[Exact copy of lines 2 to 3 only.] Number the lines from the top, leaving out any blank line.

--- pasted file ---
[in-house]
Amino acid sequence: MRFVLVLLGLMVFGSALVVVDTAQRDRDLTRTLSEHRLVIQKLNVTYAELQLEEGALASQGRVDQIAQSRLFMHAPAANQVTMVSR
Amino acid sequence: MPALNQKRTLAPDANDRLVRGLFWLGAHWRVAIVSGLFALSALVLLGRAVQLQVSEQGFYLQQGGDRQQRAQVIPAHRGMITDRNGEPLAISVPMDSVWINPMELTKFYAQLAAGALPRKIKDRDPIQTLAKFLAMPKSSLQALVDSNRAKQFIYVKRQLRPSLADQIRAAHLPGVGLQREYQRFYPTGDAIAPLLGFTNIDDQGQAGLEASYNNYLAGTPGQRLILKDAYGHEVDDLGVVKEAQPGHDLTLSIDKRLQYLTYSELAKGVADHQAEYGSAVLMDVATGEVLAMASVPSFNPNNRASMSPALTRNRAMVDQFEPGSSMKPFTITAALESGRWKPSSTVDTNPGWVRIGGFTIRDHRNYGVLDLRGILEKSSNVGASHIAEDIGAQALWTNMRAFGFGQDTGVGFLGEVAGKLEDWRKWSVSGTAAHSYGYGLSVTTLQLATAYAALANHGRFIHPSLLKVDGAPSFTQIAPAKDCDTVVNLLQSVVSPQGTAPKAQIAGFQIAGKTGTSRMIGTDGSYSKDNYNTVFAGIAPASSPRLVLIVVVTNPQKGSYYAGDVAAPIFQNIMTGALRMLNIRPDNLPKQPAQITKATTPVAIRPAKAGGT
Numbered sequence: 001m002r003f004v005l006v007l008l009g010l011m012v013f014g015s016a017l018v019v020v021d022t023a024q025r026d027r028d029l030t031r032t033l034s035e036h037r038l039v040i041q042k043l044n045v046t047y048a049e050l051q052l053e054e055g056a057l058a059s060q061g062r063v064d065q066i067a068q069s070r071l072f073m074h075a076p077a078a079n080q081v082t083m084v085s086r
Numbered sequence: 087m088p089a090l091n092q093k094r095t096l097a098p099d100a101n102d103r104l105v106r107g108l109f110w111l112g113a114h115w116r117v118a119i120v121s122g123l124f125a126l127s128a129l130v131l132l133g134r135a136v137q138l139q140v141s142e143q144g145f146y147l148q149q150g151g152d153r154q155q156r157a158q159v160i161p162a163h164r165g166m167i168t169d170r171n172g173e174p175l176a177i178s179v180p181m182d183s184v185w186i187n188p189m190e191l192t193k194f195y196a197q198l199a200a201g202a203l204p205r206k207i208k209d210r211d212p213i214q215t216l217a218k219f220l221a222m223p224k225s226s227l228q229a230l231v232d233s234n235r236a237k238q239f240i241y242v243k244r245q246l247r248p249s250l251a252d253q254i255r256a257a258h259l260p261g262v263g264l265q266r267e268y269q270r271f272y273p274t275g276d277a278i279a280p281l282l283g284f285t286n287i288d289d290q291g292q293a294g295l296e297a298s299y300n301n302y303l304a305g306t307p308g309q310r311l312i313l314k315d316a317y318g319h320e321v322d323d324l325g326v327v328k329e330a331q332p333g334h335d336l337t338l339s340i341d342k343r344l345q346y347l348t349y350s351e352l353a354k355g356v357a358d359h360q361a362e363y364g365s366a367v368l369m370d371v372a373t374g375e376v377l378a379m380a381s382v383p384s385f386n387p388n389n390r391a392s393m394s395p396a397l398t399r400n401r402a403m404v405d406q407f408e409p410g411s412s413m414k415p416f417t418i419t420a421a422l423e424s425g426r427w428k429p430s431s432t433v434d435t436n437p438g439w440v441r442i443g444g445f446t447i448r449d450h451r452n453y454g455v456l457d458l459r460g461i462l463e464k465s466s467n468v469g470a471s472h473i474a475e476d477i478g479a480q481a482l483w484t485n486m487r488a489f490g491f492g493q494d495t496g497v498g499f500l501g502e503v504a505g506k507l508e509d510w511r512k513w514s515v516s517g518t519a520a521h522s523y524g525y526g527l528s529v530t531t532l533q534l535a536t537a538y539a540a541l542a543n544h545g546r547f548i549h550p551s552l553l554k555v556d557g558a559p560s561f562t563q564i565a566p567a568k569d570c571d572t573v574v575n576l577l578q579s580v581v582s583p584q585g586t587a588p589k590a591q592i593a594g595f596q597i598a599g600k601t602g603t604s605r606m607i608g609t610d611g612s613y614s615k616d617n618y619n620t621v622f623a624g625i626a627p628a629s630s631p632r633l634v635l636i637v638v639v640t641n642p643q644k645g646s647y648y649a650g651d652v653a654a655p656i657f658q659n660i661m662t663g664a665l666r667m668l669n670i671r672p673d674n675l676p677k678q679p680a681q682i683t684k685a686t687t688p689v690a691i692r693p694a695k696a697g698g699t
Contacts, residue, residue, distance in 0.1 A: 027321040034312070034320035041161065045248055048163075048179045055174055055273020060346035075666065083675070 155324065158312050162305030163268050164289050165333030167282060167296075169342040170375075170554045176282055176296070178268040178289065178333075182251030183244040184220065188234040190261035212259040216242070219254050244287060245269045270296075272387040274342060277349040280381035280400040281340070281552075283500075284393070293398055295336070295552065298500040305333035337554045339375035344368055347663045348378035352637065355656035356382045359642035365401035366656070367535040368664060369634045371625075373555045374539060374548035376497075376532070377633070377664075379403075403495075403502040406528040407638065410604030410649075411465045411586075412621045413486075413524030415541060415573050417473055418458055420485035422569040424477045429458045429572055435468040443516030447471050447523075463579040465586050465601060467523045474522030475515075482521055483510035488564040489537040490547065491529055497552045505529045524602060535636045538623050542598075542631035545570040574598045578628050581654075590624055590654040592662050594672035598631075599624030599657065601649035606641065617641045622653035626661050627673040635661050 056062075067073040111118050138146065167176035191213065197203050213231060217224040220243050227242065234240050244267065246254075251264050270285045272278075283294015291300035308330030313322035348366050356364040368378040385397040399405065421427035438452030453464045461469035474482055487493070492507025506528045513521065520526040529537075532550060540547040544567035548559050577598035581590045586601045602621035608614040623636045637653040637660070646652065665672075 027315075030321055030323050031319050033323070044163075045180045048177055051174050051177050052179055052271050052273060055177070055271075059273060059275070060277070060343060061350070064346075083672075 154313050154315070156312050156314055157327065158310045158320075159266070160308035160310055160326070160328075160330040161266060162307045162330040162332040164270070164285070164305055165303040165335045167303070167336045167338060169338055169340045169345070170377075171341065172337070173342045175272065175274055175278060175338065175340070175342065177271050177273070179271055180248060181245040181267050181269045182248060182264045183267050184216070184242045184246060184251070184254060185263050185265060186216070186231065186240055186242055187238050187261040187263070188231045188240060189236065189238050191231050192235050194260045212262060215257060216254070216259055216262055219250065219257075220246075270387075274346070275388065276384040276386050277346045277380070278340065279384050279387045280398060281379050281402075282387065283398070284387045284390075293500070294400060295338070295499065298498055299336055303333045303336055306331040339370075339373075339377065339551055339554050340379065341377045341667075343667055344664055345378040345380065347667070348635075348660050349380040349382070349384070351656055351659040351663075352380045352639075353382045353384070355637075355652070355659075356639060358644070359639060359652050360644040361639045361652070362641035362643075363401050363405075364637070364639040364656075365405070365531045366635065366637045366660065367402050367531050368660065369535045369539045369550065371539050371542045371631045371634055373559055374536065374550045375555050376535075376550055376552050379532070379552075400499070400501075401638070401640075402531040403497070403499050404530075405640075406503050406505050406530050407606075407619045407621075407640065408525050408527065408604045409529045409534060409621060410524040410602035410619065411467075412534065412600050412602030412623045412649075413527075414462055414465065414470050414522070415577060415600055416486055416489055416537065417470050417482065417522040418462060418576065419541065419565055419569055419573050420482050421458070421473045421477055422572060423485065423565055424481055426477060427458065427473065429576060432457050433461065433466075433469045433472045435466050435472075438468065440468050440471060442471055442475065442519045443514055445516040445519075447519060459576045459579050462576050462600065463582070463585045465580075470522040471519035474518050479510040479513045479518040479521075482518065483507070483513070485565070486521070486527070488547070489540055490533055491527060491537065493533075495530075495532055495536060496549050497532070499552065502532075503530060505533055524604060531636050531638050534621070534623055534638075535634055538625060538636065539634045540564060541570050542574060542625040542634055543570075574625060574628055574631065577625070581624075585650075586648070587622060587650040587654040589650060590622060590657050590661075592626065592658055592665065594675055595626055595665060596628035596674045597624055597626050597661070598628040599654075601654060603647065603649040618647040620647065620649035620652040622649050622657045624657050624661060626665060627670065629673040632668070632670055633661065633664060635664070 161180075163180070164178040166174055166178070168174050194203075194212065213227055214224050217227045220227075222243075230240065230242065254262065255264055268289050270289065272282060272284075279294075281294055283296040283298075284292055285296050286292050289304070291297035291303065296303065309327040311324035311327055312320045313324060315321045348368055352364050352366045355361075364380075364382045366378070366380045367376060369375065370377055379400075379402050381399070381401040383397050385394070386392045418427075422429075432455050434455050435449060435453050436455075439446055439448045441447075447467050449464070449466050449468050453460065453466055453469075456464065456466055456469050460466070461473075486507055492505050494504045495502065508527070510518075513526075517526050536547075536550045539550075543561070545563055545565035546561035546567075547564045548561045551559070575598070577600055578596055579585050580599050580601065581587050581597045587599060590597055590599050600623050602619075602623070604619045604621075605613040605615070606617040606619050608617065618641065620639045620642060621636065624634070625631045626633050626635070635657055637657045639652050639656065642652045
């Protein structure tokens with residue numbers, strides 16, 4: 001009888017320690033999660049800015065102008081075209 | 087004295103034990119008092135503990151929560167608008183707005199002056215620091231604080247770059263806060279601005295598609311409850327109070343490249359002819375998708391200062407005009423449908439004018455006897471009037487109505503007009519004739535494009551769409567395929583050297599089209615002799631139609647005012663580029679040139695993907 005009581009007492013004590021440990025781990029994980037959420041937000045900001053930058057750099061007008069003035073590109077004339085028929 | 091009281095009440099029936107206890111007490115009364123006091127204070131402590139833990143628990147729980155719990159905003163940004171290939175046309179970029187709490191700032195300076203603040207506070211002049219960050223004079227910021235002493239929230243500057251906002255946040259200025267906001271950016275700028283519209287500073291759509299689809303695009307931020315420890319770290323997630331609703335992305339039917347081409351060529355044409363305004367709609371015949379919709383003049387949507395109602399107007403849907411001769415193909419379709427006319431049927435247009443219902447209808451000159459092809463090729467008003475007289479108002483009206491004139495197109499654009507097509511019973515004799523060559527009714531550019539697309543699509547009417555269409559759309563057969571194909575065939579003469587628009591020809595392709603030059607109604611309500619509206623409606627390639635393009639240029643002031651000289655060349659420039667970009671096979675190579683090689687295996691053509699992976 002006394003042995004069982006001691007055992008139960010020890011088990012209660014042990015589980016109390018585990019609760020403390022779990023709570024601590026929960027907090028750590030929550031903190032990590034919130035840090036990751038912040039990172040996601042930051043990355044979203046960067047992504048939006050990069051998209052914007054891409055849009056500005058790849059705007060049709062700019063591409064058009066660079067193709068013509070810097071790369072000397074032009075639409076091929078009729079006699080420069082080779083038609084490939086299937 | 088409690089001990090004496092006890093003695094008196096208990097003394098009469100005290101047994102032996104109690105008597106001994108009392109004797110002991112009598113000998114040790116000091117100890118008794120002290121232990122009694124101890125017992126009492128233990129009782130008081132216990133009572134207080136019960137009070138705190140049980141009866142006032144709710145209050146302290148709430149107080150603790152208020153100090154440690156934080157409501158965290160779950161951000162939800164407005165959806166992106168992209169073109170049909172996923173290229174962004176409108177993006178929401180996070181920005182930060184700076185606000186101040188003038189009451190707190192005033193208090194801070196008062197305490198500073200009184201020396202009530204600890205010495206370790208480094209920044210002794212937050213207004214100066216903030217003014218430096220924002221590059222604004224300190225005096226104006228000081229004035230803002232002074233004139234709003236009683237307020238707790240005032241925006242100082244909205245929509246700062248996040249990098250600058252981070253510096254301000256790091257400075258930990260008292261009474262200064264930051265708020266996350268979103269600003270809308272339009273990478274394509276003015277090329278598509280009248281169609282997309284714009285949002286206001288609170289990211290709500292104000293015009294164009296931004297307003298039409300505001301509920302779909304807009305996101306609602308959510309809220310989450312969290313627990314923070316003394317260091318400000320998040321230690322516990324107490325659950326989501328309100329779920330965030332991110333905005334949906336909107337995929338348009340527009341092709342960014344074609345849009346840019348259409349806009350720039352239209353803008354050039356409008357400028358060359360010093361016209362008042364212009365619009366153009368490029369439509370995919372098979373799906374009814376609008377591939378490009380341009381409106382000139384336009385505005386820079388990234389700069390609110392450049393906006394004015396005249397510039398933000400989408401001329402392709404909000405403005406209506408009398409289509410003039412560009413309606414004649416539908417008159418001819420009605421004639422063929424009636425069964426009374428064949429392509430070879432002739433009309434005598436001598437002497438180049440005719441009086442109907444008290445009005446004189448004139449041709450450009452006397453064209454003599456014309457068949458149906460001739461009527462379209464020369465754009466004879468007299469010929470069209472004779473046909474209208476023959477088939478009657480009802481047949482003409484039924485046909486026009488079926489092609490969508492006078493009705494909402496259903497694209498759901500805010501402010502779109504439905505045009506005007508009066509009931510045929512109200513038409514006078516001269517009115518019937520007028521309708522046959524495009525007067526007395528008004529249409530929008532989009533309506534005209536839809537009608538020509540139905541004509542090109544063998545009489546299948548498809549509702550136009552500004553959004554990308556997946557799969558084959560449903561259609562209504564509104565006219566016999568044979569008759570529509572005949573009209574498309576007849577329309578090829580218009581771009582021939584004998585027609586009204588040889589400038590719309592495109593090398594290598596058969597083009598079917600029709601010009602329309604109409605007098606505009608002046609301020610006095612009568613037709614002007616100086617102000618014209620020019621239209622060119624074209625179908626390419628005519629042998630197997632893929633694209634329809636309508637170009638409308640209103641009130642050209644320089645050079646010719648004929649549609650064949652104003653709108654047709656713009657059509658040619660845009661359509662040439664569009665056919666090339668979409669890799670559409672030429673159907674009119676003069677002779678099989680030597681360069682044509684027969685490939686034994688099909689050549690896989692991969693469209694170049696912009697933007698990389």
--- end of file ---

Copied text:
Amino acid sequence: MRFVLVLLGLMVFGSALVVVDTAQRDRDLTRTLSEHRLVIQKLNVTYAELQLEEGALASQGRVDQIAQSRLFMHAPAANQVTMVSR
Amino acid sequence: MPALNQKRTLAPDANDRLVRGLFWLGAHWRVAIVSGLFALSALVLLGRAVQLQVSEQGFYLQQGGDRQQRAQVIPAHRGMITDRNGEPLAISVPMDSVWINPMELTKFYAQLAAGALPRKIKDRDPIQTLAKFLAMPKSSLQALVDSNRAKQFIYVKRQLRPSLADQIRAAHLPGVGLQREYQRFYPTGDAIAPLLGFTNIDDQGQAGLEASYNNYLAGTPGQRLILKDAYGHEVDDLGVVKEAQPGHDLTLSIDKRLQYLTYSELAKGVADHQAEYGSAVLMDVATGEVLAMASVPSFNPNNRASMSPALTRNRAMVDQFEPGSSMKPFTITAALESGRWKPSSTVDTNPGWVRIGGFTIRDHRNYGVLDLRGILEKSSNVGASHIAEDIGAQALWTNMRAFGFGQDTGVGFLGEVAGKLEDWRKWSVSGTAAHSYGYGLSVTTLQLATAYAALANHGRFIHPSLLKVDGAPSFTQIAPAKDCDTVVNLLQSVVSPQGTAPKAQIAGFQIAGKTGTSRMIGTDGSYSKDNYNTVFAGIAPASSPRLVLIVVVTNPQKGSYYAGDVAAPIFQNIMTGALRMLNIRPDNLPKQPAQITKATTPVAIRPAKAGGT